The most remarkable thing about the election of 2000 was not so much its controversial ending as the even division of the country it revealed. Bush and Gore each received essentially half of the popular vote. The final count in the electoral college stood at 271-266, the narrowest margin since 1876. The Senate ended up divided 50-50 between the two parties. But these figures concealed deep political and social fissures. Bush carried the entire South and nearly all the states of the trans-Mississippi farm belt and Rockies.

Gore won almost all the states of the Northeast, Old Northwest, and West Coast. Residents of urban areas voted overwhelmingly for Gore. Rural areas went just as solidly for Bush. Members of racial minorities gave Gore large majorities, while white voters preferred Bush. The results also revealed a significant “gender gap.” Until the 1960s, women had tended to vote disproportionately Republican. In 2000, women favored Gore by 11 percent, while men preferred Bush by the same margin.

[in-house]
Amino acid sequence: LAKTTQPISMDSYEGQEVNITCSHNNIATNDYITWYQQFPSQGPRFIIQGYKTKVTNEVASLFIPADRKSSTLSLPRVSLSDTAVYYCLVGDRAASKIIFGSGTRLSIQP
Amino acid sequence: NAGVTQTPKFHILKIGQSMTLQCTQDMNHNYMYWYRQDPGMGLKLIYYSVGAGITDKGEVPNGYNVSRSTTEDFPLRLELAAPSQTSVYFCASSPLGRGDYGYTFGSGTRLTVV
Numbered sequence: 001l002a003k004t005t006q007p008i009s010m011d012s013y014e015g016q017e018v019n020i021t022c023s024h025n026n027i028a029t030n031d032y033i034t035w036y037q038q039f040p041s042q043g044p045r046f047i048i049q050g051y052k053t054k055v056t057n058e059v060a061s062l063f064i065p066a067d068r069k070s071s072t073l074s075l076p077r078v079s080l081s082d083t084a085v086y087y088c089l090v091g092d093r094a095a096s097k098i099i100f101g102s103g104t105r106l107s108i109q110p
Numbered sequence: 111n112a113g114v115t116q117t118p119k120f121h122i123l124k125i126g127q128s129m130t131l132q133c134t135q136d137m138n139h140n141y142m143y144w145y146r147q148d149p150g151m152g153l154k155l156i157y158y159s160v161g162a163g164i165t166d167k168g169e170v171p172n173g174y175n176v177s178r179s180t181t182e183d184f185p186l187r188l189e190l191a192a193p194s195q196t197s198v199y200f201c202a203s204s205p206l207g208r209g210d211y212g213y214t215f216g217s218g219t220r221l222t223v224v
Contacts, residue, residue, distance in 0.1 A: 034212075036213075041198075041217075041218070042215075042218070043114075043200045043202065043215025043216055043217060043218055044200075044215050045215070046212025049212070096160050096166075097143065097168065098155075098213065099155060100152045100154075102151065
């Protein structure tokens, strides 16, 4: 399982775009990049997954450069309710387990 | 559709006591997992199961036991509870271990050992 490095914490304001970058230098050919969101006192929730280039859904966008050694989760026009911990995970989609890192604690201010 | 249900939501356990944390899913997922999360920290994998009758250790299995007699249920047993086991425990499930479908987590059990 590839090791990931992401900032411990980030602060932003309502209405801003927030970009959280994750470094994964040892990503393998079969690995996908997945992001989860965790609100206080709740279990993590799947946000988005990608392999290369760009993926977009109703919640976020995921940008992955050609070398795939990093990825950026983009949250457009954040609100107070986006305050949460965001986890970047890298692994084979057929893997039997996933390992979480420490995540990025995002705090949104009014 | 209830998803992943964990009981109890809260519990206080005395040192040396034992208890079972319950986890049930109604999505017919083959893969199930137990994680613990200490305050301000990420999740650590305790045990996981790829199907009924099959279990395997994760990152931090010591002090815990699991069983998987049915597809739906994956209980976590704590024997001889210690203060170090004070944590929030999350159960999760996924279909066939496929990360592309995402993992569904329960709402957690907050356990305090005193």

Democrats blamed the Supreme Court, Ralph Nader, and sheer bad luck for Bush’s narrow victory. Running as the candidate of the environmentalist Green Party, Nader had won tens of thousands of votes in Florida that otherwise may have gone to Gore. In one county, a faulty ballot design led several thousand Gore voters accidentally to cast their votes for independent conservative candidate Pat Buchanan. Had their votes been counted for Gore, he would have been elected president. But the largest reason for Gore’s loss of Florida was that 600,000 persons—overwhelmingly black and Latino men—had lost the right to vote for their entire lives after being convicted of a felony.

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